What Is More Deadly in the U.S.: Hot Weather or Cold?
THURSDAY August 27, 2020 (HealthDay News) – Extreme weather days have been on the rise around the world since the advent of global warming. But a new U.S. study finds that cold weather is responsible for most of the temperature-related deaths in Illinois.
Researchers analyzed data on heat and cold injuries that required a hospital visit in the state between 2011 and 2018. They identified about 24,000 cases each related to cold and heat.
Of these, there were 1,935 cold-related deaths and 70 heat-related deaths. Cold caused 94% of temperature-related deaths, although hypothermia (a drop in the body’s core temperature) was only responsible for 27% of temperature-related hospital visits.
The study from the University of Illinois at Chicago was recently published in the journal Environmental research.
“With the decrease in the number of cold days over the past few decades, we are seeing even more deaths from cold weather as opposed to hot weather,” said study author Lee Friedman, associate professor of science. environment and occupational health.
He said this was in part due to the body’s lower ability to regulate its temperature once hypothermia sets in. But fewer days of cold weather overall also helps because people don’t have time to acclimatize when those more rare cold days occur, Friedman said.
Even mildly cool temperatures can trigger hypothermia, which is a drop in body temperature from 98.7 degrees to 95 degrees Fahrenheit.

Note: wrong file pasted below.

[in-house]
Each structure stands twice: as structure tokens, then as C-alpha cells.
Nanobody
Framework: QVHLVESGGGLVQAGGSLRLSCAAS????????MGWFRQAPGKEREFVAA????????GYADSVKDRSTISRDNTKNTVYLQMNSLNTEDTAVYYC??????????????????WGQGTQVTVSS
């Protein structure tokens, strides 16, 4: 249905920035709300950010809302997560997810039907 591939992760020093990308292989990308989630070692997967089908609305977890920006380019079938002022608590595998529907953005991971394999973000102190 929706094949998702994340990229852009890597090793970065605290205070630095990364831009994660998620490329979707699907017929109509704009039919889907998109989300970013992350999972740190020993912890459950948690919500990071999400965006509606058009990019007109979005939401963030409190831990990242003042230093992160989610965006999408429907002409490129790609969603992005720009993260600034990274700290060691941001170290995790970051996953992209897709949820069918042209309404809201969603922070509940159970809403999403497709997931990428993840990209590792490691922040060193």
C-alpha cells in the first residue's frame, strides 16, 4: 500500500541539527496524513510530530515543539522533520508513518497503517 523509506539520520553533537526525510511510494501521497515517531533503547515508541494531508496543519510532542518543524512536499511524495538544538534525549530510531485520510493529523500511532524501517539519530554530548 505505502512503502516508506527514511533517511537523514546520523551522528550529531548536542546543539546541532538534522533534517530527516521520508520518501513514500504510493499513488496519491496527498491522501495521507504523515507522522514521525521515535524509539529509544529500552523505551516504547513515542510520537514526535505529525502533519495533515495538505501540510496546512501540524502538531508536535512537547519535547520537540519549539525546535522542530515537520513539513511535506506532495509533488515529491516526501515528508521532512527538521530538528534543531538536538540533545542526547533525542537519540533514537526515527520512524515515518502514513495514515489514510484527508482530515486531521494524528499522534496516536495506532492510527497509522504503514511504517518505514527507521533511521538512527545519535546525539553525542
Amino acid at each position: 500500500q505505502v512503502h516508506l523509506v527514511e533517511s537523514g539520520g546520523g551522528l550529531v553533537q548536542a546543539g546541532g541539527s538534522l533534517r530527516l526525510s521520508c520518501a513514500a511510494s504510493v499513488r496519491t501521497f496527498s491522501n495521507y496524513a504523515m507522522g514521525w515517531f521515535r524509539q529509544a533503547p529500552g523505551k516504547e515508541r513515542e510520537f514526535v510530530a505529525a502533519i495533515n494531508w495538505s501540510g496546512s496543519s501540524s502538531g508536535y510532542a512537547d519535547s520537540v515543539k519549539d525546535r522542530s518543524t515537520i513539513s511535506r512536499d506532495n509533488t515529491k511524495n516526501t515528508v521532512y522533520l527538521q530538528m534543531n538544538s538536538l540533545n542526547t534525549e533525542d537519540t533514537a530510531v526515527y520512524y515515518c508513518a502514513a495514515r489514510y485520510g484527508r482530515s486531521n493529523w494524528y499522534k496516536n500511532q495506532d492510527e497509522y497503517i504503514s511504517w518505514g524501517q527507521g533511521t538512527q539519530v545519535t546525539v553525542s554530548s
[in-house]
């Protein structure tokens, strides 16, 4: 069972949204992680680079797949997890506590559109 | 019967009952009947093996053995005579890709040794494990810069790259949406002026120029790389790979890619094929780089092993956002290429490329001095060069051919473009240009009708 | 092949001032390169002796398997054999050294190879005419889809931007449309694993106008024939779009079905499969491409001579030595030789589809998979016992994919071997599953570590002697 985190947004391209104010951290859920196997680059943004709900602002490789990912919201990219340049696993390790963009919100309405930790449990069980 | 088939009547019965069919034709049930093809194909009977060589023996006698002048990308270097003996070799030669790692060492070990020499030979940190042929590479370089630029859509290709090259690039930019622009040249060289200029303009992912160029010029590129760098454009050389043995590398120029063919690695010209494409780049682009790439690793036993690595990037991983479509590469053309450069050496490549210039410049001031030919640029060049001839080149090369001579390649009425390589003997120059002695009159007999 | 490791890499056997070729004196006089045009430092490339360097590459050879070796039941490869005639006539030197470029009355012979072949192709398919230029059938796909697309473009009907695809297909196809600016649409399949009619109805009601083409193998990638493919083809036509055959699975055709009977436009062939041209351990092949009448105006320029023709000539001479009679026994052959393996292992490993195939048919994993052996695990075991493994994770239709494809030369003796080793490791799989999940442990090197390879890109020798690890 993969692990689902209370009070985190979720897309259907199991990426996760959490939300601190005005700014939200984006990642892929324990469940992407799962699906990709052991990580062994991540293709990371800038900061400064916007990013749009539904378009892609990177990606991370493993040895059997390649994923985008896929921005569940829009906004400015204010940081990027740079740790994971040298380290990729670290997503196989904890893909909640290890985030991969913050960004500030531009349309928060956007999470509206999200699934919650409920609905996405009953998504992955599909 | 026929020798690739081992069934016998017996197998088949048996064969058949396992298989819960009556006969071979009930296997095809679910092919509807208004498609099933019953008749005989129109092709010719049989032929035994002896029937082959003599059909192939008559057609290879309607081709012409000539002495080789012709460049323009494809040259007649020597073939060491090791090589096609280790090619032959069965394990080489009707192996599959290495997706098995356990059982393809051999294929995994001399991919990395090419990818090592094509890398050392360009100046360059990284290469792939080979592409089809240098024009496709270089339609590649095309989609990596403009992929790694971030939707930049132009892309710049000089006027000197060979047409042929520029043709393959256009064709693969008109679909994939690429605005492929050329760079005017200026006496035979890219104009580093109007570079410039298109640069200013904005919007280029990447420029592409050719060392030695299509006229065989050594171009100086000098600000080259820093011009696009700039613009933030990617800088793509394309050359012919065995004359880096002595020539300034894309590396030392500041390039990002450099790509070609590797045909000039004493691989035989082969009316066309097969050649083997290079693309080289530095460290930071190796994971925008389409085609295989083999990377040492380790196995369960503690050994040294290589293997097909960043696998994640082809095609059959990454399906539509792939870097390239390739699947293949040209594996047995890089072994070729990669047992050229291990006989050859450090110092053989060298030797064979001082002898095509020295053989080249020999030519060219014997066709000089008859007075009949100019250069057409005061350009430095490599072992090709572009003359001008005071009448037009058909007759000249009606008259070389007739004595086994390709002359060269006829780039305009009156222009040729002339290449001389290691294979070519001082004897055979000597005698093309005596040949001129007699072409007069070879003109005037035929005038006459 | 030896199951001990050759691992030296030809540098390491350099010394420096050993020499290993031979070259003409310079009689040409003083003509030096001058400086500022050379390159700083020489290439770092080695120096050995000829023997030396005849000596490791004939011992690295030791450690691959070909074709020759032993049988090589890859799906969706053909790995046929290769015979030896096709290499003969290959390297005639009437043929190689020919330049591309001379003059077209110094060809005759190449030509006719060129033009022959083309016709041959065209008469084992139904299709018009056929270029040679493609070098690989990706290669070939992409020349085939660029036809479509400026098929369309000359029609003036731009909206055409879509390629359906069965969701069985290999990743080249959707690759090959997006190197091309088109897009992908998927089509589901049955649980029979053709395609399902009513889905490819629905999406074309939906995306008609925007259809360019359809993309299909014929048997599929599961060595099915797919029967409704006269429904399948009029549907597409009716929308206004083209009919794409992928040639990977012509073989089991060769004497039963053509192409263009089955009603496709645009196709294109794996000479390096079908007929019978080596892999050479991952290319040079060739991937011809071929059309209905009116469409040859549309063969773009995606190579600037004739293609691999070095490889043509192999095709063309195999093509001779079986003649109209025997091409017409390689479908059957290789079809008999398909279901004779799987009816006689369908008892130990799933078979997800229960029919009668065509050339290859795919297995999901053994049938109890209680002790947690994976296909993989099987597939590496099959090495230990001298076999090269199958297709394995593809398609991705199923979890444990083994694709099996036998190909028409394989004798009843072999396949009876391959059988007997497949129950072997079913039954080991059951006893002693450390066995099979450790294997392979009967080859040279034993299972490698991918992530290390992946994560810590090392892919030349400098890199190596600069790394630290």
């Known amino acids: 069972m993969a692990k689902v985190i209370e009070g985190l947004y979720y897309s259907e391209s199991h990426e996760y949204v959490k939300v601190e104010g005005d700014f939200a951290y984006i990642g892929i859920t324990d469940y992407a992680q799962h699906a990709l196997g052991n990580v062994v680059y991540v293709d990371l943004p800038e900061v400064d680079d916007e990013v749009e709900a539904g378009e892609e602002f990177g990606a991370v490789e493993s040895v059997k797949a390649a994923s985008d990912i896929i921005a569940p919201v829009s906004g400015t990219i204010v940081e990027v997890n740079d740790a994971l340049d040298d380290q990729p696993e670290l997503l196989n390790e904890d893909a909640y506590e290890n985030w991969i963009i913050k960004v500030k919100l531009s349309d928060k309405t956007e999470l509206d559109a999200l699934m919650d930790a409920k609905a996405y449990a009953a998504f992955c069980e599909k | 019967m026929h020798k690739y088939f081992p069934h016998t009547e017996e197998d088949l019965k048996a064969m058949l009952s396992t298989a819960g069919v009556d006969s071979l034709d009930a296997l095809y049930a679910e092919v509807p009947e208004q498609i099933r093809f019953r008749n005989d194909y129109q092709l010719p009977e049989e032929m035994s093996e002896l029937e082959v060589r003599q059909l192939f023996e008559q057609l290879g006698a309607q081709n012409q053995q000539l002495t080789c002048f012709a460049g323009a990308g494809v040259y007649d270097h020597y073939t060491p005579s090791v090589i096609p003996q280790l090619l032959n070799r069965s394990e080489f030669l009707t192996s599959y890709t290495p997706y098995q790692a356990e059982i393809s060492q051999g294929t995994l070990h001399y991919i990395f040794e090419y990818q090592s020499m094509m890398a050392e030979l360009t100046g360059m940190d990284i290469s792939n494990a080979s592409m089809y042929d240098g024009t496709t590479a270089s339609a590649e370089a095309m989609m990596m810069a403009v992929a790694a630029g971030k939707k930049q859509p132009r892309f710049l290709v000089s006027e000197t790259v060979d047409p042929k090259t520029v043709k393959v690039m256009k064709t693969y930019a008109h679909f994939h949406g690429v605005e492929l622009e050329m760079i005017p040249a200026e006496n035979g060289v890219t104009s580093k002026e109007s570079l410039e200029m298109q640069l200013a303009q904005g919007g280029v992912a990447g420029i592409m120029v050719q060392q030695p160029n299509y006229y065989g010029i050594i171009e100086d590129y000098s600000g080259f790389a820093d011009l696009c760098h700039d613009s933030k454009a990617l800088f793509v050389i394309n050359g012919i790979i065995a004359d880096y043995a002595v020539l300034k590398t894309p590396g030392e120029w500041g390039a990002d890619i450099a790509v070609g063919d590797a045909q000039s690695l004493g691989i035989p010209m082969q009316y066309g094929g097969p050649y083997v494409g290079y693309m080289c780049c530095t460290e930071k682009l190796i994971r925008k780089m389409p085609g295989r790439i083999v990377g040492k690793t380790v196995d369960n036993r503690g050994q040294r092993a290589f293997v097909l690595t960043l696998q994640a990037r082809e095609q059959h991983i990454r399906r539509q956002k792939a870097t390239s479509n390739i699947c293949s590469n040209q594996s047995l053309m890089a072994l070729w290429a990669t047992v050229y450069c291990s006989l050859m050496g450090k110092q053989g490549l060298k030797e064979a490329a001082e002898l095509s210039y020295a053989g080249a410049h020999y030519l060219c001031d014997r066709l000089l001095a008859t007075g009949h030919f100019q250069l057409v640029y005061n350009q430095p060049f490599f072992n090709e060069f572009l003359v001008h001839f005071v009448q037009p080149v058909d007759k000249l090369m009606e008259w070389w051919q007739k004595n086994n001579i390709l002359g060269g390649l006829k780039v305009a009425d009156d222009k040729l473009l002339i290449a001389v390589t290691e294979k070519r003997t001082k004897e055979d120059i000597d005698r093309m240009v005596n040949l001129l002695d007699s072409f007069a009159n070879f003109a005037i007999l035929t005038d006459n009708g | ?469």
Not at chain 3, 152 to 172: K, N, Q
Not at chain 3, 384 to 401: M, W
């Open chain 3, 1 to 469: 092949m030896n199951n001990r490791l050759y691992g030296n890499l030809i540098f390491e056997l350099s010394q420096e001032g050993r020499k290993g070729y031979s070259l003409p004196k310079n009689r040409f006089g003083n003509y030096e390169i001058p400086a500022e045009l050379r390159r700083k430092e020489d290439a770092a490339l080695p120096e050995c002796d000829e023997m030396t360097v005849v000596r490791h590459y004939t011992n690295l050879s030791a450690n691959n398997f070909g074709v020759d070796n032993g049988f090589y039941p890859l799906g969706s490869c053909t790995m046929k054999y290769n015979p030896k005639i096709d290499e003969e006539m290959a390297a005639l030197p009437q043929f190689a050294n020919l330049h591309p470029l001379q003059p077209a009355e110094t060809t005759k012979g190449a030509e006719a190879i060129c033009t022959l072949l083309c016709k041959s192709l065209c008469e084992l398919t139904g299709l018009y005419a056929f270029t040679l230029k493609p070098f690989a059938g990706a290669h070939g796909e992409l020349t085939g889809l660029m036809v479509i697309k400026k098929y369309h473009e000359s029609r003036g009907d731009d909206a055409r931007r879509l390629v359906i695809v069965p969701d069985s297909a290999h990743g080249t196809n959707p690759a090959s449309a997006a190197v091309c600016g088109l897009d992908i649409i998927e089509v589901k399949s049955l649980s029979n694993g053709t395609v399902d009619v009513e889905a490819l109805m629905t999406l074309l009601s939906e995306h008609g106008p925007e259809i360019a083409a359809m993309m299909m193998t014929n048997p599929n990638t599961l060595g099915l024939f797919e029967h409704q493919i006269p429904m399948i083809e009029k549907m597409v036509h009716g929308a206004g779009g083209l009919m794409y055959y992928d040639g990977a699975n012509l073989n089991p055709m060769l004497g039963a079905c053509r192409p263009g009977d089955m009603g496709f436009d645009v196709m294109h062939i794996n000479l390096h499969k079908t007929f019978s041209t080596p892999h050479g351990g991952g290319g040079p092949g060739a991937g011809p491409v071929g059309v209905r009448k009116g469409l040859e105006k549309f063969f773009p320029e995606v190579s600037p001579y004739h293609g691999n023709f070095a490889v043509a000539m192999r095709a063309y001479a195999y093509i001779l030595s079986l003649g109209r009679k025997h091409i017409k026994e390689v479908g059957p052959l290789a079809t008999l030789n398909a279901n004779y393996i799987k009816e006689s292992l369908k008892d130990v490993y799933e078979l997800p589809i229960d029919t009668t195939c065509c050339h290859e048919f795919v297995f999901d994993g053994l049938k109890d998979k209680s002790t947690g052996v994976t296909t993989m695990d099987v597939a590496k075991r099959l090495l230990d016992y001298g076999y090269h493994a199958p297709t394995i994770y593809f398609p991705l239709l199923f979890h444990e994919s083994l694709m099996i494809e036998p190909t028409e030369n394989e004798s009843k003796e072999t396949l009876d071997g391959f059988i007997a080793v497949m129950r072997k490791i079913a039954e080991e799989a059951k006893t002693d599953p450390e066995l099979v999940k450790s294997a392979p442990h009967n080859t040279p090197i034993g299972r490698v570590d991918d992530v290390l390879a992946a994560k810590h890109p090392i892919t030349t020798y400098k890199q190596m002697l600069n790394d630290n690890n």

When people develop hypothermia, their organs and systems begin to shut down in an effort to preserve the brain. Once started, this process can be difficult to master.
People more regularly exposed to lower temperatures are better able to resist hypothermia, as this study shows.
“People who were homeless in the records we looked at were less likely to die from temperature-related injuries,” Friedman said in a college press release. “Because they are more exposed to the outdoors, they acclimatize better to heat and cold.”
In general, people are better able to avoid heat-related issues by going somewhere cooler or by staying hydrated, Friedman said.
“Currently, the public health community focuses almost exclusively on heat injuries. Our data shows that better awareness and education are needed regarding the risk of cold injuries, especially since there are fewer cold days, but more severe, leaving less chance of injury. ‘acclimatization, which can be protective against hypothermia, ”he concluded.
The researchers said the study shows how public health messages about weather should be tailored to different climatic zones in the United States.
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